The surgical C-arm (APELEM-DMS GROUP, APX HF III series, Parc Scientifique Georges Besse, France) was used in experimental method. A C-arm intensifies the image as a scanner. This name derives from the C-shaped arm, which connects the X-ray detector and the X-ray source. The C-arms have radiological capabilities, although they are mainly employed for fluoroscopic intra-operative imaging in surgical, emergency care, and orthopedic protocols. This device gives real-time and high-resolution X-ray images, allowing the clinician to pursue progress and make corrections immediately. The energy applied to the fluoroscopic part was 100 kVp beside a small focus of 0.1 to 3 mA, a constant voltage, and the machine current was raised following each exposure. In a radiographic style, an alpha phantom was located on the holder to measure the contrast, resolution, and quality. Following each exposure, the resolution and quality of the obtained images were examined in automatic mode, and the output dose was read in the third reading sector from the piranha detector, which was located in the palm rest. Then, utilizing a lead sheet thickness of 0.2 mm at a size of 10 cm × 10 cm at the beam exit, the dose ratio, quality of the image, resolution, and contrast were examined. Figure 2 shows the device and setting situations.
Piranha detector characteristics and calibration
The internal Piranha detector is very sensitive and can measure the peak tube voltage for as low outputs as 50 kV/0.050 mA at a distance of 50 cm. By calibration in estimation of total filtration, 1–9 mm Al and 60–120 kV range was used and the inaccuracy was ± 10% or ± 0.3 mm as well as ± 15% by 50 mm Al. Here, the obtained resolution was 0.1 or 1 mm by more than 10 μGy/s dose ratio.
After positioning the Piranha detector in front of the image intensifier, the Position Check should be used to confirm the position of the detector. When fluoroscopy is at play, the Piranha system automatically updates the display using the highest possible sensitivity.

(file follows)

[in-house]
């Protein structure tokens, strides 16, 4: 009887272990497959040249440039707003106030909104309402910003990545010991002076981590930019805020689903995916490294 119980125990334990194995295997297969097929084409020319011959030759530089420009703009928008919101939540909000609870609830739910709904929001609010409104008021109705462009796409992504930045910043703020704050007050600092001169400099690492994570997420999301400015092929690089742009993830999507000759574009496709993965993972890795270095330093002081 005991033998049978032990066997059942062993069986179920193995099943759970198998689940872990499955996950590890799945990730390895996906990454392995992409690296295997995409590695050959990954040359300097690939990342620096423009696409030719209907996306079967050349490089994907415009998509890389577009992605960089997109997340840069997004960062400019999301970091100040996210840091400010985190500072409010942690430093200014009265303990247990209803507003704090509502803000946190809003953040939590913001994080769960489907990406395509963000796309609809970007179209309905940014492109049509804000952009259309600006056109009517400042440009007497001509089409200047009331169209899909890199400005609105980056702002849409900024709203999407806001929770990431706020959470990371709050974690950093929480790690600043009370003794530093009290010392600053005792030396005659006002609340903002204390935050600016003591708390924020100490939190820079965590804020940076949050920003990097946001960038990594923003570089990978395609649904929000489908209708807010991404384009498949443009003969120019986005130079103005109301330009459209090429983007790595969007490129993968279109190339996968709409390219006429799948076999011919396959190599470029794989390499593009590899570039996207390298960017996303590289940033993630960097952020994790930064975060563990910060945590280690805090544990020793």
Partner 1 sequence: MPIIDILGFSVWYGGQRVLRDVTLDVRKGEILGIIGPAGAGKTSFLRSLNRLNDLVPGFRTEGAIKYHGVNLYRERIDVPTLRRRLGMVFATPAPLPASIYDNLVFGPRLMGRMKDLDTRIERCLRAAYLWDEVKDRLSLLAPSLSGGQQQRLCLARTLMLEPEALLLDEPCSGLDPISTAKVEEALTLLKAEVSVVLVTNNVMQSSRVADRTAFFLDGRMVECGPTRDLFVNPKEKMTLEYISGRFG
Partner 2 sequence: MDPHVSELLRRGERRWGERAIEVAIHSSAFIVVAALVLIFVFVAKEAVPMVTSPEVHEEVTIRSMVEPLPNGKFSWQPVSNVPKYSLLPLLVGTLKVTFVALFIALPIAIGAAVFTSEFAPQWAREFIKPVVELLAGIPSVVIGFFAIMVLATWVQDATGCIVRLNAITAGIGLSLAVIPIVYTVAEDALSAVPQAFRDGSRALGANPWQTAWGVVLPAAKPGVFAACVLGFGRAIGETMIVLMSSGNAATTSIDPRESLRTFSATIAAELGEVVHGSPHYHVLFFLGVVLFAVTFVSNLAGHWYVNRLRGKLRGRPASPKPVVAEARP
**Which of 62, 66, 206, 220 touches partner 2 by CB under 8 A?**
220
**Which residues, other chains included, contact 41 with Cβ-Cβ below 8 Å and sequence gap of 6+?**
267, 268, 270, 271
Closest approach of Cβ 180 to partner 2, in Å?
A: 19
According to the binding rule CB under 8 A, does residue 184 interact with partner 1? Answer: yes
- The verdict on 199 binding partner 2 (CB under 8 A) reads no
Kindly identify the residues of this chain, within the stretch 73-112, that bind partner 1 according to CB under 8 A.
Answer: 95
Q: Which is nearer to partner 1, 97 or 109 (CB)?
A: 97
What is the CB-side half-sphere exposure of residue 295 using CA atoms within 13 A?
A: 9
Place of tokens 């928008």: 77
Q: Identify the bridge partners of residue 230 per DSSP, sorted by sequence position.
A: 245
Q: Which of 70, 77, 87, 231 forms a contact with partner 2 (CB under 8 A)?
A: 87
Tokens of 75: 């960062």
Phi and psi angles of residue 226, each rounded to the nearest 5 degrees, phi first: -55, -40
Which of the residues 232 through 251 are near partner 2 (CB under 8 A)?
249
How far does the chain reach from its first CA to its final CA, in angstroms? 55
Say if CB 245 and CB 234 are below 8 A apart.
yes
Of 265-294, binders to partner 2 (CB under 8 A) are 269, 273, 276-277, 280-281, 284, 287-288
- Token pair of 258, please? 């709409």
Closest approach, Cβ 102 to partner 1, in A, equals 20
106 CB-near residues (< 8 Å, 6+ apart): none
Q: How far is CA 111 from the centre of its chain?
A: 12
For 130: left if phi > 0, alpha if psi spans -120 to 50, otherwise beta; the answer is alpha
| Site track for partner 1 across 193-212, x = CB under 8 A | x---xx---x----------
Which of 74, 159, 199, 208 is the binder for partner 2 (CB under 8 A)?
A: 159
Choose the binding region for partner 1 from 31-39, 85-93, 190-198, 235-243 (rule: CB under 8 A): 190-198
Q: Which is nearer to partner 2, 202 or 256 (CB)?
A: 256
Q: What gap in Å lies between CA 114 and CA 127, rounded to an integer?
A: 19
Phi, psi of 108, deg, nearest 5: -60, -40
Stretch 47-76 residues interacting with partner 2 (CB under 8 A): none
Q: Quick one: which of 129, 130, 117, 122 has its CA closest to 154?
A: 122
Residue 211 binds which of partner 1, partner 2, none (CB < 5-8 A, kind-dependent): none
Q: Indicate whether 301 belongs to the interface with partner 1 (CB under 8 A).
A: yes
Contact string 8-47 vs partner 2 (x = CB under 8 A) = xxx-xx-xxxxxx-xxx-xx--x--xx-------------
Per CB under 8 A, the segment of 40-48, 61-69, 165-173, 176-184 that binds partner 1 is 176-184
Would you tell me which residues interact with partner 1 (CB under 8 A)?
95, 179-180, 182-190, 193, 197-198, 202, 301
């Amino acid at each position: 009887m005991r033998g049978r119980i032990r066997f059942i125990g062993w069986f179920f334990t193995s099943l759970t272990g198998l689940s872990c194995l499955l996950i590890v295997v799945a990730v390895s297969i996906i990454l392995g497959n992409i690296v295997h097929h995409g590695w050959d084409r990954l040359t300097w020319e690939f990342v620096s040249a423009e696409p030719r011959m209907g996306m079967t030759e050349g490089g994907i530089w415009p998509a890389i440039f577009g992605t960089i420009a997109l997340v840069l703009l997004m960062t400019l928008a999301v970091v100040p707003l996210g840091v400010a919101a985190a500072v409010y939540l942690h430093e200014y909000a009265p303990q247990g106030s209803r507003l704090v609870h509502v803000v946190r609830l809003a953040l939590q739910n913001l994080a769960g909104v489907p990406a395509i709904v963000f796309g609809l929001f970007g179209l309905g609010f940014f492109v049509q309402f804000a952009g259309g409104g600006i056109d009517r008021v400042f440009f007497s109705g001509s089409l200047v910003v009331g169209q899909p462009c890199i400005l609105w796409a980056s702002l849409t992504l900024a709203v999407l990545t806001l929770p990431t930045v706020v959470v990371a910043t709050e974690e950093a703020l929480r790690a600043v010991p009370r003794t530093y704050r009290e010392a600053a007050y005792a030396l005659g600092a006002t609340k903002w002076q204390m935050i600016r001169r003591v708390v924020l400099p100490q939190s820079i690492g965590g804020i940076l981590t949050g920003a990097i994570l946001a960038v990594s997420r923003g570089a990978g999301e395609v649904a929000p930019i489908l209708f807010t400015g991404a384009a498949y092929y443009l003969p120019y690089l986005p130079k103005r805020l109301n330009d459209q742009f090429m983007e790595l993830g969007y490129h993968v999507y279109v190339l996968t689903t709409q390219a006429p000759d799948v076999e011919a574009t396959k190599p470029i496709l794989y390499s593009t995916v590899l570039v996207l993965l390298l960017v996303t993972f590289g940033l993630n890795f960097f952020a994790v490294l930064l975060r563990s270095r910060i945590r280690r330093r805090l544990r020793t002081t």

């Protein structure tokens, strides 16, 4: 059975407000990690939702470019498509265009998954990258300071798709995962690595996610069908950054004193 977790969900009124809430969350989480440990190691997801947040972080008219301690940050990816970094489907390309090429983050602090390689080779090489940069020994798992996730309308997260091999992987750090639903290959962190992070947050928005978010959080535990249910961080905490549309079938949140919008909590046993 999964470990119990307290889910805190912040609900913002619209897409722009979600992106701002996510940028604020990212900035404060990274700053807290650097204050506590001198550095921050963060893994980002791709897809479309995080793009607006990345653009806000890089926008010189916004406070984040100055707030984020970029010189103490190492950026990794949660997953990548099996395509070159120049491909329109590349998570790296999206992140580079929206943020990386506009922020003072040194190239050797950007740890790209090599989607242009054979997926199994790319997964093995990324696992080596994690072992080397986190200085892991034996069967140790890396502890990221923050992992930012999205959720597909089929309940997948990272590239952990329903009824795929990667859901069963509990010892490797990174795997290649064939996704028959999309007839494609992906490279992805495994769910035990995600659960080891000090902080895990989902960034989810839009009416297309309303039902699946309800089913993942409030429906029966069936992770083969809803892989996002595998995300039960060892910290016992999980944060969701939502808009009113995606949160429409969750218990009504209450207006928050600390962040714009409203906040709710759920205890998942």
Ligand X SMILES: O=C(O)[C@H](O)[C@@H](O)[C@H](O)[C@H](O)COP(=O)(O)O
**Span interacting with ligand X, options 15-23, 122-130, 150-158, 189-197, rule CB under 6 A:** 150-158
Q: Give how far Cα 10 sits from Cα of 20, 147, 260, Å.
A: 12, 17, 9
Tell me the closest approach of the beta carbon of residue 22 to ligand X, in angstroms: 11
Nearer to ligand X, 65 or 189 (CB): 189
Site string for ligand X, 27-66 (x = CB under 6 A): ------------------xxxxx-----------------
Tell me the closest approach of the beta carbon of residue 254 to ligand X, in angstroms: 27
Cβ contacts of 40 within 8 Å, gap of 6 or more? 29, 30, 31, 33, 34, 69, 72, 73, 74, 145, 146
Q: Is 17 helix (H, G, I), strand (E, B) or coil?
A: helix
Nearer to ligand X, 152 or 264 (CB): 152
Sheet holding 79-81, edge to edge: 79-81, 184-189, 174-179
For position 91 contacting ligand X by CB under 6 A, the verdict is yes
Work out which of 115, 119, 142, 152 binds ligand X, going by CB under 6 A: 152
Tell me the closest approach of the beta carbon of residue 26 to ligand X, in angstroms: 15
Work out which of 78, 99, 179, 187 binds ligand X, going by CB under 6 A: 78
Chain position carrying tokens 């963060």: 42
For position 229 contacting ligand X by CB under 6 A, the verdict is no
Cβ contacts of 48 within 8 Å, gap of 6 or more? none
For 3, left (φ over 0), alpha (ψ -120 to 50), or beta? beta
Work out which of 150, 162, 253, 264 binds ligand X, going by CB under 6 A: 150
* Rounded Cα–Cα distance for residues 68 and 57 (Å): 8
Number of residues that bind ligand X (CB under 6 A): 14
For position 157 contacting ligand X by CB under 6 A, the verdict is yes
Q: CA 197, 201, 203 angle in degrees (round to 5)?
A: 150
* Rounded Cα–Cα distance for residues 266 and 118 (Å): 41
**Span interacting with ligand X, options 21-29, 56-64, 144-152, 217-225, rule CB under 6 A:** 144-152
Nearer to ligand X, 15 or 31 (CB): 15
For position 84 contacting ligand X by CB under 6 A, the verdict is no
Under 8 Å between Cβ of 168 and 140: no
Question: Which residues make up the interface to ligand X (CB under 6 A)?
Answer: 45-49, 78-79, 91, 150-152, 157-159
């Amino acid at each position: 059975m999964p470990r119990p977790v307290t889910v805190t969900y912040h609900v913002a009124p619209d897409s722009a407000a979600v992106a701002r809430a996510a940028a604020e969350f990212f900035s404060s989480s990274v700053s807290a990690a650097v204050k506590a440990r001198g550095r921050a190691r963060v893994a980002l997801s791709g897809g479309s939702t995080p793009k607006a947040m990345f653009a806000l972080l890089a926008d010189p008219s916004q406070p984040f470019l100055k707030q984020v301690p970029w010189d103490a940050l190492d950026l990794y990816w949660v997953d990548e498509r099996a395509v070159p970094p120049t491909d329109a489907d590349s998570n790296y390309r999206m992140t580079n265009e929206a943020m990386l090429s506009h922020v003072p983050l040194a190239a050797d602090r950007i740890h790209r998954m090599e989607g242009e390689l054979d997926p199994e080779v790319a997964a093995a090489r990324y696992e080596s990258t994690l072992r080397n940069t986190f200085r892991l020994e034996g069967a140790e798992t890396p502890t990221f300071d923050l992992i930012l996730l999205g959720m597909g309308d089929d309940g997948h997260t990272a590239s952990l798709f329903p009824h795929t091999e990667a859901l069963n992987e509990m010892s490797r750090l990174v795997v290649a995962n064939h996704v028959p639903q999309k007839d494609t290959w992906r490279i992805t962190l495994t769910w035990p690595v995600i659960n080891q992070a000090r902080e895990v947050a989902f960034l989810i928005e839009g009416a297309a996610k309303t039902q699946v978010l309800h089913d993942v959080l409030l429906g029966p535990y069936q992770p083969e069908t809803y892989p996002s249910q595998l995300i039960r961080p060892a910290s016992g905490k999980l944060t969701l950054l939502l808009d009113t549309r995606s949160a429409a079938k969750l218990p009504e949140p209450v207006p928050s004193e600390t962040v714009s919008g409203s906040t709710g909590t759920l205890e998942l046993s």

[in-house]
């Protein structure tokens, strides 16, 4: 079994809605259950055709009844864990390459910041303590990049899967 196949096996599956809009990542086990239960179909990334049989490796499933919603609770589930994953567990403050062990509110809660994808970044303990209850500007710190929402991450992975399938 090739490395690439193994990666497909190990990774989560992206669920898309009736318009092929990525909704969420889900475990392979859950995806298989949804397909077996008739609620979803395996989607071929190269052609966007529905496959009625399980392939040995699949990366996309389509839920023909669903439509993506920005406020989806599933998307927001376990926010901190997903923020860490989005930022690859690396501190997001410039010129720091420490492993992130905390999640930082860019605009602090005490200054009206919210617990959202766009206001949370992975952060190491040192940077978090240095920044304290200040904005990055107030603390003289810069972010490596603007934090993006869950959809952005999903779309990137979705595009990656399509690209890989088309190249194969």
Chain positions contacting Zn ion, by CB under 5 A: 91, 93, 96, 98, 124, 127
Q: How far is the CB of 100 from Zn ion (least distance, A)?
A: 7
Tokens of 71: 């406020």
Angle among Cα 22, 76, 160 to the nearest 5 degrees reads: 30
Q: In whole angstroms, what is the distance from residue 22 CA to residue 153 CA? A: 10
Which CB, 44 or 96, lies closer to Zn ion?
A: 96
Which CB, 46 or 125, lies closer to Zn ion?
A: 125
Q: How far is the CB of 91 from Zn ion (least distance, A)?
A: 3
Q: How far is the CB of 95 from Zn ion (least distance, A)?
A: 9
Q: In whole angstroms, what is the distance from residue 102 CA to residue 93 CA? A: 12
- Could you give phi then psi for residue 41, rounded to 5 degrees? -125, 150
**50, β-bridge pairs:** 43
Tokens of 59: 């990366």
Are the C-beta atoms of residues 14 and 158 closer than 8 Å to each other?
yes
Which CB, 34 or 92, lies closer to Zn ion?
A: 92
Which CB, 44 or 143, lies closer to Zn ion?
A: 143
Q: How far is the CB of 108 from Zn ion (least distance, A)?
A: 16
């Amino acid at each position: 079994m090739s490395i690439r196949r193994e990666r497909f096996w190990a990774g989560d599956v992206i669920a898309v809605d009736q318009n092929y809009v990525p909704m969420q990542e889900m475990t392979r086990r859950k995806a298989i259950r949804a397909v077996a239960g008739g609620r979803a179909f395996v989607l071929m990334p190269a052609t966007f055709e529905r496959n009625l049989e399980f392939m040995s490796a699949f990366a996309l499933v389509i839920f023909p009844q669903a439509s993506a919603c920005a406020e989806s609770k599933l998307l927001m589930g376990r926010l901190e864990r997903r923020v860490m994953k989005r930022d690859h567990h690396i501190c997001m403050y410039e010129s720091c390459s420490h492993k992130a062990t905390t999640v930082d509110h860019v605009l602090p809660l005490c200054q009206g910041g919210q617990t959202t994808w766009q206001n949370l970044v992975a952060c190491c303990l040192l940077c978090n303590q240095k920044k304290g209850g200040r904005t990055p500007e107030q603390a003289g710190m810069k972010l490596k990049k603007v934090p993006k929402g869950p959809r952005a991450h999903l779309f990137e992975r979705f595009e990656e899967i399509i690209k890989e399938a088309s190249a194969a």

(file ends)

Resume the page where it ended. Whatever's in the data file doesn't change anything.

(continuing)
On the other hand, the external Dose Probe is normally used to measure the lowest possible dose rate levels down to 0.1 µGy/s. Another reason for using the external Dose Probe is that the detector is much smaller than the Piranha, which facilitates the positioning in front of the image intensifier without affecting the measuring field for the mA feedback loop. If the image intensifier can manually control the mA and kV, then it can be used for measurement down to about 0.7 µGy/s. As a secondary parameter the total dose is accumulated, and after switching off the fluoroscopy, this value is used to calculate the average dose rate as the total dose divided by the exposure time. Figure 3 shows the physical specifications of the detector.
The inaccuracy is here defined as the root of the square sum of systematic errors, which has not been eliminated, and random errors (dispersion around a mean value). The calculation of the inaccuracy is based on 15 different measurements with a confidence level of 95%. Of the total inaccuracy, random error is 20% and general inaccuracy is 80%. As a reference condition to the IEC61674 standard and inside the Piranha top panel, the calibration is done with a field size typically 5 mm less than the size of the top panel.